Suggestions??
 

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to make sure all of your weight is on the lever, pick the other foot off the ground. that also gets your body in the right place. most people stand too far away from the bike. i was able to put a full dress 1100 yamaha on the center stand back when i weighed 155lbs. another trick is to keep your arm extended and straighten your body to lift. sometimes that means finding a different place to grab the bike.
 

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Discussion Starter #14
Listen to Greywolf TexasShadow!

I do the same.
Put my whole bodyweight on the stand's lever with my left foot picked off the ground and grab the luggage rack's handle. The far you grab the bike from its front the easier to pull it. Avoid to pull the the bike back grabbing the handlebar just use your weight and do like a spring that would pushes away the bike's rear end and the lever. Your body is the spring.
 

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5/8" to 1 1/2"?!?!?!?!?!
I thought the typical amount was less than 1/4"??

I've yet to make my change (bikes in the shop for TB sync and valve adjust) but plan do the change as soon as I get it back.. I think I'll look at 1/2" to start..

I'm after the change to help steering.. I'm double of TexasShadow's weight, and have long legs, so it's not a lowering issue by any means..
 

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TexasShadow said:
I'm a whopping 126 lb dripping wet and dont weigh enough to push-foot the lever down and get it on the centerstand :(
Suggestions??
I don't have a center stand on my V, but I have had a few big bikes with CS. I have always put the bike on the stand while standing on the side of it, not while on it.

My Buddie got a V-max recently and could not get it up on the stand, he was trying to do it while straddling the bike. I had a good laugh watching this 250lbs guy trying to wrestle the V-max on to the stand. I got up side of it, put my foot on that stand and stood on it, up it went with hardly any effort. I only weigh 180, so weight has nothing to do with it. Its finesse that gets a bike up on the CS. :)
 

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I'm 150 lbs and can get the bike (while lowered front and back) up on the centerstand with almost no effort. Its all about the technique used. If your having to muscle it up your doing something wrong.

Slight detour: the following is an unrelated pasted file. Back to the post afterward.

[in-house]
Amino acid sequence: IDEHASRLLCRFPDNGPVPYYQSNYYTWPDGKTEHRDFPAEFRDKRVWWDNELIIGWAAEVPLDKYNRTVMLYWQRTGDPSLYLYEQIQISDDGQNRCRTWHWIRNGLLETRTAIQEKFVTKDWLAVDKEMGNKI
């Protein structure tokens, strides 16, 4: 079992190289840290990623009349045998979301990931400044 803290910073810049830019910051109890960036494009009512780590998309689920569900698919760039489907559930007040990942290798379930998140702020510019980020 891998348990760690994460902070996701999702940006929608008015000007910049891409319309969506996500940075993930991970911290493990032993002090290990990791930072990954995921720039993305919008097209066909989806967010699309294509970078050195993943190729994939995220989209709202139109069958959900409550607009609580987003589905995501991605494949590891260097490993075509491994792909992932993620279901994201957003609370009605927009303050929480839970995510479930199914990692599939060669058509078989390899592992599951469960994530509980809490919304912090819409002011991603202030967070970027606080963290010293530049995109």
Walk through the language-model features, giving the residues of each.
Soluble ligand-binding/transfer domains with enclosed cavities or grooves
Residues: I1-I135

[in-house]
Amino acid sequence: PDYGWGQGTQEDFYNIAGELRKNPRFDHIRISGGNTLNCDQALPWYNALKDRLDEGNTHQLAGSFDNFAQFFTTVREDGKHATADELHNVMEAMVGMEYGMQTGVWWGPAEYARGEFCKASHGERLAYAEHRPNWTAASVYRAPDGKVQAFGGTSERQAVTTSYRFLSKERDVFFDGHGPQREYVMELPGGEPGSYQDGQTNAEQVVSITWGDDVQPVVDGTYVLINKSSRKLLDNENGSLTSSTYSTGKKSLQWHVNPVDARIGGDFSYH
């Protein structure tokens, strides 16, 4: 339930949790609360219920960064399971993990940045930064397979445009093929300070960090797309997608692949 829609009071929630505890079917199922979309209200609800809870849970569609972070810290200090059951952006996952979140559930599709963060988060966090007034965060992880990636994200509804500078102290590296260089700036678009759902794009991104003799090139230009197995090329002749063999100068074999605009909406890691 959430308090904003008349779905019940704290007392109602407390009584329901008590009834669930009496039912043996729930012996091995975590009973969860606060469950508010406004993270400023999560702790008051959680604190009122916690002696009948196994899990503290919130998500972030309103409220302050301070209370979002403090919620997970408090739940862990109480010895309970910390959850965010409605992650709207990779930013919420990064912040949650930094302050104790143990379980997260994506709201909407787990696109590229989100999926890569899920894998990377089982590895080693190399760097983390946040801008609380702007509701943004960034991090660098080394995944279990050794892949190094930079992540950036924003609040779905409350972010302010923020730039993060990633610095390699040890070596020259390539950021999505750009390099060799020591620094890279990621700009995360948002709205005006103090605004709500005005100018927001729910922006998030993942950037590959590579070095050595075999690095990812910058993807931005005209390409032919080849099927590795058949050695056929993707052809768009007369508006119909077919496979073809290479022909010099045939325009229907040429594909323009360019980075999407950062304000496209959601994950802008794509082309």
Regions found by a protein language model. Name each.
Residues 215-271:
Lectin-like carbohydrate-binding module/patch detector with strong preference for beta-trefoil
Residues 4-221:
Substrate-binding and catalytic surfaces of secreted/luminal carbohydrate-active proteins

This is from nebcom.com
"Ever the problem for the beginner, it's always worse for the short rider who has little leverage, and often lacks the strength to muscle a bike onto the stand. Take heart: ANY centerstand can be conquered with technique and timing. Many tall and strong riders never develop a technique and just rely on brute force.

Centerstanding is a whole topic and flame war unto itself, so just a rough outline of a basic method follows.

- Lower the bike's centerstand with your right foot until both "feet" of the centerstand touch the ground. You may need to let the bike go over to its right farther than feels right!

- Left hand on the handlebar, right hand on a grab spot by the seat, press with your right foot as though you are stepping down, and guide the bike backward, not so much up.

- When it reaches its highest point, press even harder with your foot and pull backward.

Imagine that there is a STRAIGHT LINE from the point where your toe hits the centerstand lug to the point where your hand is. Simply increase the LENGTH of the straight line and think of nothing else.

You can't, and shouldn't, *lift* the bike onto the centerstand. With practice, you'll be able to feel when the bike is at the high point where giving it an extra push will get it onto the centerstand. Every bike is different, too. Keep at it, try every time you park the bike, and eventually you *will* be able to do it every time."

Maybe we shoudl take some pictures. All I can say is stand close to the bike, and just push back and not up.

Let us know how it goes.
 

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I lowered Mine 15 mm and it turns quicker and handles great, try that.


Also be sure to torque all the pinch bolts not just crank down on them with a box end. Thats ok to lightly snug but not to tighten.


Use a small 3/8 th drive torque wrench

16 to 18 ft lbs is fine


Dale


:wink:
 

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Wow! Dropped the front 3/4" of a inch after lowering the rear 1 1/4" of a inch. What a amazing difference on the road. Wow its like a whole new bike. I"m glad I did it and strongly suggest everyone else who uses lowering links balance out the front.
Just curious. How did the lowering links affect the sidestand? Does it set the bike at a different angle?